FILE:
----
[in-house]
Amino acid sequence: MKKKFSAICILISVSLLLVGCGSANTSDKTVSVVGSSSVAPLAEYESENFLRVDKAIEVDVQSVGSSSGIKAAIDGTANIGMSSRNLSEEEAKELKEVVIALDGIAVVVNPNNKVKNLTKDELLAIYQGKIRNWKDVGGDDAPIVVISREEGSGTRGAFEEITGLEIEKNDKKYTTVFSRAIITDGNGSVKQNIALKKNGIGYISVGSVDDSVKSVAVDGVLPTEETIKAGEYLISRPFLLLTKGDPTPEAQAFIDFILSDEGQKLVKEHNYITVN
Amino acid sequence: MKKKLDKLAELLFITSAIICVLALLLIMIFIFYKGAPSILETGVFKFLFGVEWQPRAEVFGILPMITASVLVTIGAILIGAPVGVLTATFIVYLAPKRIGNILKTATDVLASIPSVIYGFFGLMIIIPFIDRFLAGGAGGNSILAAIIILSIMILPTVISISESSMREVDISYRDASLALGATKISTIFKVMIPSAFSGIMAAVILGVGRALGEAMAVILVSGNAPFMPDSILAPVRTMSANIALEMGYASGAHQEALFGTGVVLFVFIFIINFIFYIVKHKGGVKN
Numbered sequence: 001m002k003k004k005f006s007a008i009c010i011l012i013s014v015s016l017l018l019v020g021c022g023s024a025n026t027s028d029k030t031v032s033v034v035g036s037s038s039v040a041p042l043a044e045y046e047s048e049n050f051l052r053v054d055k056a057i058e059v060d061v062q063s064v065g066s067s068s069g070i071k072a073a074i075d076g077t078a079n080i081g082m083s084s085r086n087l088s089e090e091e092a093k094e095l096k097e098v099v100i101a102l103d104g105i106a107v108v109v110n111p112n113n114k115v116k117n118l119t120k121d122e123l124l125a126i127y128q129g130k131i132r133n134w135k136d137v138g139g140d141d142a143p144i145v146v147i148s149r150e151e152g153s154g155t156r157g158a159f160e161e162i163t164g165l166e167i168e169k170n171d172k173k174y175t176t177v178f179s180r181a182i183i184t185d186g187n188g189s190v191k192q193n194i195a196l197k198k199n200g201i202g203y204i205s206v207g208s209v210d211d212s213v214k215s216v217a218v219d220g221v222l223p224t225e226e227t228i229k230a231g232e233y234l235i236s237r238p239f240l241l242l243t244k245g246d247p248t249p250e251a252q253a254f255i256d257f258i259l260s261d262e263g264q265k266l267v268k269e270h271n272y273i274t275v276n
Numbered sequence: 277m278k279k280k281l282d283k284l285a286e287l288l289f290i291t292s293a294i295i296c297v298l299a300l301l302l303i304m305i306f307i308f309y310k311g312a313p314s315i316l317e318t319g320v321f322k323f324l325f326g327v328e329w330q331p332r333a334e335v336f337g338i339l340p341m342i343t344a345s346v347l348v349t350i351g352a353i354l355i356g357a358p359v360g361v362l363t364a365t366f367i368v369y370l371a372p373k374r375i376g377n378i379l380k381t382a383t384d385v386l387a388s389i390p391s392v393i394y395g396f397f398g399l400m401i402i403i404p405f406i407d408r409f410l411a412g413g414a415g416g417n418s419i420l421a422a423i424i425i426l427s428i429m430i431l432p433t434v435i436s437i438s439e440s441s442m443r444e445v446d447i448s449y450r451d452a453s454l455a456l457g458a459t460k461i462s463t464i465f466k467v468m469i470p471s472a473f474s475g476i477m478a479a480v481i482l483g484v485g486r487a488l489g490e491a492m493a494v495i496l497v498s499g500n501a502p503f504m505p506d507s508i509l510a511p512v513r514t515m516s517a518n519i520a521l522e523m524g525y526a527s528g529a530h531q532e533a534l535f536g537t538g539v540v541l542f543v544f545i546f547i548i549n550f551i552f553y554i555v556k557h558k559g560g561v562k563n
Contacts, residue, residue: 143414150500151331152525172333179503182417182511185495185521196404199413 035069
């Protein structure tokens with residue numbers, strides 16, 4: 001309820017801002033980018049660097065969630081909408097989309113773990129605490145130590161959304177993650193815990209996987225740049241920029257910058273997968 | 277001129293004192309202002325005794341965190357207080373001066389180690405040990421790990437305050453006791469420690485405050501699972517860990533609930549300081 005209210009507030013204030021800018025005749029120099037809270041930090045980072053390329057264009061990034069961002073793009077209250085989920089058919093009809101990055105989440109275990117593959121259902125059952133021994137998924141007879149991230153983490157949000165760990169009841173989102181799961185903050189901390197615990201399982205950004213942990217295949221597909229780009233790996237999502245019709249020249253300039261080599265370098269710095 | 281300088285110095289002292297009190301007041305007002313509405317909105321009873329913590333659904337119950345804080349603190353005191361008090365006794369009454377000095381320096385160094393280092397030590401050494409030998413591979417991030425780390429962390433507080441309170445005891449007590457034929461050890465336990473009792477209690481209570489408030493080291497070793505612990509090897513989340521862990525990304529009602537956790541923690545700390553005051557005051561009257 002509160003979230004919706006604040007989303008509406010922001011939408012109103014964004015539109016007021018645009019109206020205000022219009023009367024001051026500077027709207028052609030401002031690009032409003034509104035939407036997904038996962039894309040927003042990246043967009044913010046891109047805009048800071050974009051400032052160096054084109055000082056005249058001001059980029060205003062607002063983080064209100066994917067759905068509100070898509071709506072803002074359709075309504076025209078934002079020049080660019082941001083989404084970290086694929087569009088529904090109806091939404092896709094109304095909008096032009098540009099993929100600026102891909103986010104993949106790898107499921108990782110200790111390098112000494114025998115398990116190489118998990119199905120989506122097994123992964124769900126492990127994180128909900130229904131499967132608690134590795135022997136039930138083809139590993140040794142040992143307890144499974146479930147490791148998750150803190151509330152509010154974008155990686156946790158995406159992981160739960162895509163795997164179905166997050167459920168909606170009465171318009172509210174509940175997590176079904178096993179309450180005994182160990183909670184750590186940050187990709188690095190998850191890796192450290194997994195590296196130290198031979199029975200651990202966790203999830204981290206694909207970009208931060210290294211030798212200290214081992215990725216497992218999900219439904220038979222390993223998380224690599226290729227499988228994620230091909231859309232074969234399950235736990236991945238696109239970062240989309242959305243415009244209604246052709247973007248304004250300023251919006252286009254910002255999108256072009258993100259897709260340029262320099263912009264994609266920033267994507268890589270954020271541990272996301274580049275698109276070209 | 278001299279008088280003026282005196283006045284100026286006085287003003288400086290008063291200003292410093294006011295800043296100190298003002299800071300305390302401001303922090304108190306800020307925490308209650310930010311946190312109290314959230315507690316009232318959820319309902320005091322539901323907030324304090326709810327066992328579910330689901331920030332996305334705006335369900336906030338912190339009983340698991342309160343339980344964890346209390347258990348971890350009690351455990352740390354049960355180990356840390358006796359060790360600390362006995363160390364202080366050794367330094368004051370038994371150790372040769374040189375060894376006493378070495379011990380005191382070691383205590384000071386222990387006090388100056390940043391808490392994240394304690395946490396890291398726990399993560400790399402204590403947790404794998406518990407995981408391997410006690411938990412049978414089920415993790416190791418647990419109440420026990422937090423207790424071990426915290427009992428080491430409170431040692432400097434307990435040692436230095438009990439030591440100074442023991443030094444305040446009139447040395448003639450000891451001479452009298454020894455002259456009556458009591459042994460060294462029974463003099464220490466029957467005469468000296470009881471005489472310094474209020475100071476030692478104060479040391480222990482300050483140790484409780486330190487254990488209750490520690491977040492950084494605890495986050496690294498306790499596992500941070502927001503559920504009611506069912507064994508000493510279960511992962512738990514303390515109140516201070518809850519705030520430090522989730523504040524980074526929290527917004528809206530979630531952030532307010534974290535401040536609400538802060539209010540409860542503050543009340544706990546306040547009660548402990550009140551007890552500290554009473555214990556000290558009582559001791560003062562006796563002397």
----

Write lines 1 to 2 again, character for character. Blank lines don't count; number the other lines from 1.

[in-house]
Amino acid sequence: MKKKFSAICILISVSLLLVGCGSANTSDKTVSVVGSSSVAPLAEYESENFLRVDKAIEVDVQSVGSSSGIKAAIDGTANIGMSSRNLSEEEAKELKEVVIALDGIAVVVNPNNKVKNLTKDELLAIYQGKIRNWKDVGGDDAPIVVISREEGSGTRGAFEEITGLEIEKNDKKYTTVFSRAIITDGNGSVKQNIALKKNGIGYISVGSVDDSVKSVAVDGVLPTEETIKAGEYLISRPFLLLTKGDPTPEAQAFIDFILSDEGQKLVKEHNYITVN